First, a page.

Court orders Buildings not to issue violation

Developer failed to issue Staten Island homeowners final C of O three years after construction was completed. In March 2001, Jamie Minchew and Rocco Rinella hired ATP Development Corp. to build a house at 44 Cottontail Court in Staten Island. Eight months later they closed on the house without a final certificate of occupancy, but ATP agreed it would furnish a final certificate of occupancy within one year. Several temporary certificates were issued up until January 2004, after which no more certificates were issued.

In November 2004, Buildings notified Minchew and Rinella that they were occupying the house without a valid certificate in violation of the law. In response, Minchew and Rinella sued Buildings and ATP, seeking to stop Buildings from issuing any violations related to their failure to have a valid certificate, and to compel ATP to obtain a final certificate. Buildings sought to dismiss the petition, claiming that the civil court lacked the authority to forbid the Department from issuing violations or permits.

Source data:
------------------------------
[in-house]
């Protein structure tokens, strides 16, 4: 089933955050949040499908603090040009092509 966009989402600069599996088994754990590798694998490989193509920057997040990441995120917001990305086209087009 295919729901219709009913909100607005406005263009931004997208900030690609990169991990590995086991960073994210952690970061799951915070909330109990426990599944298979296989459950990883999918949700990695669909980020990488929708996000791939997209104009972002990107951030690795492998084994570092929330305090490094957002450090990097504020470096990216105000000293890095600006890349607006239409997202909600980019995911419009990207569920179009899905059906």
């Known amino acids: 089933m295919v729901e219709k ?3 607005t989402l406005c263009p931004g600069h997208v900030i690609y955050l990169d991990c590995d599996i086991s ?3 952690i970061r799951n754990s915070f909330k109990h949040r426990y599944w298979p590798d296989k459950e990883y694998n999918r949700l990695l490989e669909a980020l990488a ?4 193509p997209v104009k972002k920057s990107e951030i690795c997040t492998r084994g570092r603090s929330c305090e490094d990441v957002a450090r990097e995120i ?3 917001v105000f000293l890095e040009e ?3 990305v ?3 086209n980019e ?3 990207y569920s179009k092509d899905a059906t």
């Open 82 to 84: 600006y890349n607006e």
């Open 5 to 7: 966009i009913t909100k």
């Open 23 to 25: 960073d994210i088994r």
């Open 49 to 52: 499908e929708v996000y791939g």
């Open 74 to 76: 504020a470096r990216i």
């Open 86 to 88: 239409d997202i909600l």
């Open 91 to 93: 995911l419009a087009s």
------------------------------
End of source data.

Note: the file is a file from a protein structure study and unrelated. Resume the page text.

Judge Philip S. Straniere disagreed and ordered Buildings not to issue any violations against Minchew and Rinella unless the premises were unsafe for occupancy and to use its authority to compel ATP to obtain the final certificate. Judge Straniere found authority for his order in the State constitution, the administrative code, and in sections of the civil court act related to violations of the building and maintenance codes. The court reasoned that if the City could avail itself of civil court to enforce violations and penalties, then Minchew and Rinella should have equal access to the court before the City instituted an action against them.

Minchew v. City of New York, N.Y.L.J., March 18, 2005 at 22 (Richmond Cty.Civ.Ct.) (Straniere, J.) (Attorneys: Law firm of Jamie M. Minchew, Esq.; Michael A. Cardozo, Leonard Koerner, for Buildings; Howard M. File, Esq., for ATP).

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